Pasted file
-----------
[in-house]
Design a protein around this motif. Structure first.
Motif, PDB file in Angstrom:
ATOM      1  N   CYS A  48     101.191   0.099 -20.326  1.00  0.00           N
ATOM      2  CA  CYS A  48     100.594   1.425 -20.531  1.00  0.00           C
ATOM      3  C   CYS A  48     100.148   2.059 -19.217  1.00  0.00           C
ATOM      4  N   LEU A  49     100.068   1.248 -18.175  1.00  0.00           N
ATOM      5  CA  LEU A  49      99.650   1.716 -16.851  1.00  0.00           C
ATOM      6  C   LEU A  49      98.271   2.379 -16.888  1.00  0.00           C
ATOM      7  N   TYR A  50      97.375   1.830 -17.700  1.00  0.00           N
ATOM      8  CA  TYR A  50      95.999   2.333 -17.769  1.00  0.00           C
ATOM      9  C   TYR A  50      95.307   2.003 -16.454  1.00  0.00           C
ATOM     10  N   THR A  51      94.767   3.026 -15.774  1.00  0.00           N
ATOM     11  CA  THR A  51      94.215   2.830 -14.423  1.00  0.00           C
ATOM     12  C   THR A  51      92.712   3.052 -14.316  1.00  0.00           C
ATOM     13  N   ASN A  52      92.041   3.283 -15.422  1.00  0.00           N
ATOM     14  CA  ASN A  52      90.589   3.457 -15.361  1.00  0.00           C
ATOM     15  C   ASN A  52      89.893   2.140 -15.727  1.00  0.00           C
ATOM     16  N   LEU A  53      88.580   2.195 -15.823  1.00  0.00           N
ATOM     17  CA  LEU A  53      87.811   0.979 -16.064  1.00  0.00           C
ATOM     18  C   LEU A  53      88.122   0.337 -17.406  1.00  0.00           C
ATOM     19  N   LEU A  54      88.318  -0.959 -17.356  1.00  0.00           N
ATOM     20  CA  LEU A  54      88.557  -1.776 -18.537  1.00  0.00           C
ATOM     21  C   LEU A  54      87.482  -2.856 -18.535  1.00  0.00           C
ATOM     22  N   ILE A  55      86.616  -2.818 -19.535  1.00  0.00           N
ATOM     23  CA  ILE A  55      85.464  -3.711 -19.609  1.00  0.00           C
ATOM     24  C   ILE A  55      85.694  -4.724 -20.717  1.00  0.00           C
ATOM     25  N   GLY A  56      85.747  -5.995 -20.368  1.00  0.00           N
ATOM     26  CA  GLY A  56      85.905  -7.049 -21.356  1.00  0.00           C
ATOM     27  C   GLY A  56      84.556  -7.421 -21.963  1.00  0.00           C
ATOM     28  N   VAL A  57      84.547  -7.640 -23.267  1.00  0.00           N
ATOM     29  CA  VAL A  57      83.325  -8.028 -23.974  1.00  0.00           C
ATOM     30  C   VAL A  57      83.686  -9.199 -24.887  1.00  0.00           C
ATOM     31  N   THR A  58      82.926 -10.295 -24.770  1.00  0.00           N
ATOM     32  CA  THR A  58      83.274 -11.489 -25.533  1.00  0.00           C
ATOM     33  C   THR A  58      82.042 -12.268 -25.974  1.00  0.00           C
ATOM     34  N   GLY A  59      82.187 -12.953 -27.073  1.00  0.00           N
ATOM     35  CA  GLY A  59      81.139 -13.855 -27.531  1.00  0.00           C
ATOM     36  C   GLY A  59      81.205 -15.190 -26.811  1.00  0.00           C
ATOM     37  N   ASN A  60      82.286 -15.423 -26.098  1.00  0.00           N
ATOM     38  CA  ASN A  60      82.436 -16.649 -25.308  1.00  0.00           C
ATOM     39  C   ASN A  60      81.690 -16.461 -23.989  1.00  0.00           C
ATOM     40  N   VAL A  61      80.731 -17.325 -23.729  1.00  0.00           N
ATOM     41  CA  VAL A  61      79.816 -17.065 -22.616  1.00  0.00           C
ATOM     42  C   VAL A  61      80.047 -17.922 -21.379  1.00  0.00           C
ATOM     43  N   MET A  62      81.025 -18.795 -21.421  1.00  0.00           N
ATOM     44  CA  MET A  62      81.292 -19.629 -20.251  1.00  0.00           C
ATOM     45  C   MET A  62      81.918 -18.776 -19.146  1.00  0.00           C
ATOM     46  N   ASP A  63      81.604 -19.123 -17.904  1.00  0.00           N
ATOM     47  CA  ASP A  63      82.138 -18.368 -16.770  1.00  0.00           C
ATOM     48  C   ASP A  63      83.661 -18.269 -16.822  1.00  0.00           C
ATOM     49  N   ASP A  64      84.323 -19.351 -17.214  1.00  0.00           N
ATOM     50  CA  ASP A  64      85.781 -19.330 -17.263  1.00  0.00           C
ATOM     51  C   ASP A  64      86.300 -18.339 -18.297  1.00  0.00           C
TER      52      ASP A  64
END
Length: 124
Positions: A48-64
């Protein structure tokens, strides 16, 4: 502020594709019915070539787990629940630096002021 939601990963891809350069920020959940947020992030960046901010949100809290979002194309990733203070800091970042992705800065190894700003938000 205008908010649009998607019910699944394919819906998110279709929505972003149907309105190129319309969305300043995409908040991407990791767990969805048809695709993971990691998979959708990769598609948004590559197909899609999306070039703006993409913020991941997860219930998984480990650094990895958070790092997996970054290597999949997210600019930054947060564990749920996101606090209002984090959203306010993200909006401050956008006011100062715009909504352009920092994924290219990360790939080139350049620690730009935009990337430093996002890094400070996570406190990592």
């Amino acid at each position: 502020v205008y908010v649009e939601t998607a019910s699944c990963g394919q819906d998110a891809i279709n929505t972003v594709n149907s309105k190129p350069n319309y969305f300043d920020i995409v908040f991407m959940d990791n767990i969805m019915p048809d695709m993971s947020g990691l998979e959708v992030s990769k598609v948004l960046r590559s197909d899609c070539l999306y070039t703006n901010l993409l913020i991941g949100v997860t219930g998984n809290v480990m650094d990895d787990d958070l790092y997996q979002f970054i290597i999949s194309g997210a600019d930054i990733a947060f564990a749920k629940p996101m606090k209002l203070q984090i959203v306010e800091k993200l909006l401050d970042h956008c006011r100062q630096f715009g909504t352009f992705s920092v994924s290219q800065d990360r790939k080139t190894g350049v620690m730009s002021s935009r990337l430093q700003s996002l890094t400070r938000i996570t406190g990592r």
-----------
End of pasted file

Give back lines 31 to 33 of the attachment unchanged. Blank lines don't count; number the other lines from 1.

ATOM     28  N   VAL A  57      84.547  -7.640 -23.267  1.00  0.00           N
ATOM     29  CA  VAL A  57      83.325  -8.028 -23.974  1.00  0.00           C
ATOM     30  C   VAL A  57      83.686  -9.199 -24.887  1.00  0.00           C